If you’re too gastronomically disturbed to eat breakfast, we can help. As a public service to the hungover, every week we track down the best bartenders in America and ask them to share their favorite hair-of-the-dog remedies. This week we’ve got a cocktail that incorporates all the components of a well-rounded meal in a single glass.

THE SPECIALIST: Ilan Hall, owner and chef of The Gorbals in Williamsburg, Brooklyn, and host of Knife Fight on the Esquire Network


ITS ORIGINS: Chefs use beurre noisette, or brown butter, to add a unique buttered-toast flavor to dishes. But the process of making brown butter can be time-consuming and finicky. (To make, chefs cook butter in a pan until it separates into liquid and solids. Then they keep cooking it until the solids get toasted in the hot fat, turning them a caramel color.)

Chef Ilan Hall of The Gorbals restaurant in Williamsburg, Brooklyn, had been separating out brown butter solids to use in mashed potatoes when a friend suggested he make his own using dehydrated milk. (“You know, the type of powdered milk that you would take into a bunker if the world was about to end,“ Hall says). "Nonfat powdered milk is pure milk solids,” he says. “Then if you toast them, you get all of the flavor of brown butter without any of the hassle of cooking the butter and hoping that you don’t burn it.”

At his restaurant, Hall uses a pressure cooker to toast the solids: He adds two inches of water to the bottom of the cooker and then places a rack inside. Next he fills a Mason jar halfway up with the powdered milk and then places it on the rack. Then he pressure-steams the jar for 45 minutes, gently caramelizing the solids. To replicate his method at home, you could toast the powdered milk on a baking sheet in the oven (instructions below). "You’re left with that flavor of brown butter that you can then apply to anything,” he says.

ITS HEALING POWERS: When coming up with a new cocktail for the brunch menu at The Gorbals, bar manager Christine Kang decided she wanted something buttery. “But using actual butter—any fat, really—in a cocktail is difficult,” Hall says. So Kang consulted the kitchen and got the idea of incorporating the toasted milk solids into a drink.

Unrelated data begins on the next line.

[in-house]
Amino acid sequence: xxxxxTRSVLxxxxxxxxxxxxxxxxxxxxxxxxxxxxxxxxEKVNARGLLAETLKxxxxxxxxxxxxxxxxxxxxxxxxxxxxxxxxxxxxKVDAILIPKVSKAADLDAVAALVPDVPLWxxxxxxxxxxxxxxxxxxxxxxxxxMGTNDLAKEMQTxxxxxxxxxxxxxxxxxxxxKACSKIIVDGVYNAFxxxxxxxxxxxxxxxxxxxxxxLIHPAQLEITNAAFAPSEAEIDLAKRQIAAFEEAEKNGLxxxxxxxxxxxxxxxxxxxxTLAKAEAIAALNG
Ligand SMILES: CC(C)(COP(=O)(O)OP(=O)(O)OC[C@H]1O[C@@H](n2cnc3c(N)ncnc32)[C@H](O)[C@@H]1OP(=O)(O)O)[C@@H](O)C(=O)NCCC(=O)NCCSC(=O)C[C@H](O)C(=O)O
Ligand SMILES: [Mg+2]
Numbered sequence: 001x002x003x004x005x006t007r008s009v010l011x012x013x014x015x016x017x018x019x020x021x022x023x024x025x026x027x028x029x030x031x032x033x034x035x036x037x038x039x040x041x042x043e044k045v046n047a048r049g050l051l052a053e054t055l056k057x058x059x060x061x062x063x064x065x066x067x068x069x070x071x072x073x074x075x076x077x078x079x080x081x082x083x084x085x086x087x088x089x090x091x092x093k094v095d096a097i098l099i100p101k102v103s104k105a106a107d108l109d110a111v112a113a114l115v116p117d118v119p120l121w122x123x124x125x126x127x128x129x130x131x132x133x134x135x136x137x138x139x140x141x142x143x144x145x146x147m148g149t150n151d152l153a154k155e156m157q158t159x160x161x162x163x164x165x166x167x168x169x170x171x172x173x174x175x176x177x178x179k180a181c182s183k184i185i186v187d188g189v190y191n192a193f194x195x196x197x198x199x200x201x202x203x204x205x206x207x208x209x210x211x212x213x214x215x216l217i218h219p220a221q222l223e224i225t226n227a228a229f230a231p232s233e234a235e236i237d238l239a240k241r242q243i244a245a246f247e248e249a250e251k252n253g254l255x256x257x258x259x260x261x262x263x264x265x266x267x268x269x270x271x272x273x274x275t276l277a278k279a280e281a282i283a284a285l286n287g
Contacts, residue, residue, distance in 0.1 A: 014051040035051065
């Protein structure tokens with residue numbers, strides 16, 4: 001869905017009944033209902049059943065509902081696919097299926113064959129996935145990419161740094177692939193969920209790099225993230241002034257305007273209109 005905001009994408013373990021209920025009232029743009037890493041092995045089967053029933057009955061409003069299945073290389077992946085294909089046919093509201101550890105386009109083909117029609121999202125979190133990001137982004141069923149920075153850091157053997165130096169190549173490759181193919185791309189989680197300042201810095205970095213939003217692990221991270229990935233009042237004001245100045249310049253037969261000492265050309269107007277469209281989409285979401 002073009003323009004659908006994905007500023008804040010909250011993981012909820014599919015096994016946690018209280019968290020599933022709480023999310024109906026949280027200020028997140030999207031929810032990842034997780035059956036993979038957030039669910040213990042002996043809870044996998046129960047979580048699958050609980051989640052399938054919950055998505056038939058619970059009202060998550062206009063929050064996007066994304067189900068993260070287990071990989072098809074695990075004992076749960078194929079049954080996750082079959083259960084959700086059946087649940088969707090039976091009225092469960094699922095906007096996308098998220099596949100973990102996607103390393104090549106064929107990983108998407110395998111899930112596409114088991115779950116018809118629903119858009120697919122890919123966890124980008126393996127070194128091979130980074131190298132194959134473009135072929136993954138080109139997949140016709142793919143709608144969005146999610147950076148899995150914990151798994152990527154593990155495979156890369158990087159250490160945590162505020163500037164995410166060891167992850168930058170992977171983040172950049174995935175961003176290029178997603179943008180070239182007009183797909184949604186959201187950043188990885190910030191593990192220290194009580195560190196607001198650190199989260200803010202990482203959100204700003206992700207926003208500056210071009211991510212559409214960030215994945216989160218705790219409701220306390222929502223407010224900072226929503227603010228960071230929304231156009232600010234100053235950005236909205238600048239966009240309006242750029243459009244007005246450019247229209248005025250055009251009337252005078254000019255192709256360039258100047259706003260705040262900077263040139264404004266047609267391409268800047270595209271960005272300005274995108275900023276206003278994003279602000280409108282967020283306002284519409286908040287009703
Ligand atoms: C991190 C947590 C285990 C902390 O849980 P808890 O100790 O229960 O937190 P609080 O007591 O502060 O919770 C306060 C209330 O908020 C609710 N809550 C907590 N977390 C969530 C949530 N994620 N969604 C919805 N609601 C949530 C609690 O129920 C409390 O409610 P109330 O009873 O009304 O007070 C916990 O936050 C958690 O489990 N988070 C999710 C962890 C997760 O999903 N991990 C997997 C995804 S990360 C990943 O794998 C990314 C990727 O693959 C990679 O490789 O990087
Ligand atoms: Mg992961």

She first tried shaking the powdered solids in a tin with the rest of the cocktail ingredients (rum, eggs and lime and pineapple juices), but it wouldn’t dissolve fully. So she made it into a liquid syrup, which was much easier to incorporate. “The solids really add this buttery nuttiness to the drink that’s unlike anything else,” Hall says. “You wouldn’t be able to achieve that taste any other way.”

For Hall, the best way of softening a hangover is by eating something rich and fatty, or in this case, drinking something rich and fatty. "The toasted milk solids taste buttery like toast and the citrus juices are refreshing,” he says. “It’s instantly restorative.” And since the cocktail also contains eggs, it’s like having your entire breakfast in a glass.

HOW A CHEF RECOVERS FROM A HANGOVER: “Cold storage,” Hall says. “If you feel gross or like you need to puke, show up to work early and stand in the walk-in refrigerator for about 15 minutes. It’s amazing what that can do for you.”


  • 1 oz. El Dorado Demerara dark rum
  • 1 oz. light rum
  • 1 oz. lime juice
  • ¾ oz. pineapple juice
  • ¾ oz. toasted milk syrup (recipe below)
  • 1 egg white

Add all ingredients to a cocktail tin. Dry shake (without ice) until frothy. Add ice and shake again. Strain into a chilled coupe. Garnish with a sprinkle of dry, toasted milk solids.


  • 2 cups toasted milk solids (instructions below)
  • 1 ½ cups white sugar
  • 2 cups water
  • 8 tsp. salt

Make toasted milk solids: Preheat your oven to 250 degrees F. Spread nonfat powdered milk onto a baking sheet in a thin layer. Cook in oven until milk is toasted (when it reaches a light brown, caramel color), about 15 minutes. Cool to room temperature. Break up any chunks and add the pieces to a coffee grinder. Grind until it reaches a fine powder.

Make toasted milk syrup: Combine all ingredients in a pot. Cook on the stove until powder dissolves. Strain. Cool to room temperature.

Alyson Sheppard is the resident hangover specialist at Playboy.com. Follow her on Twitter: @amshep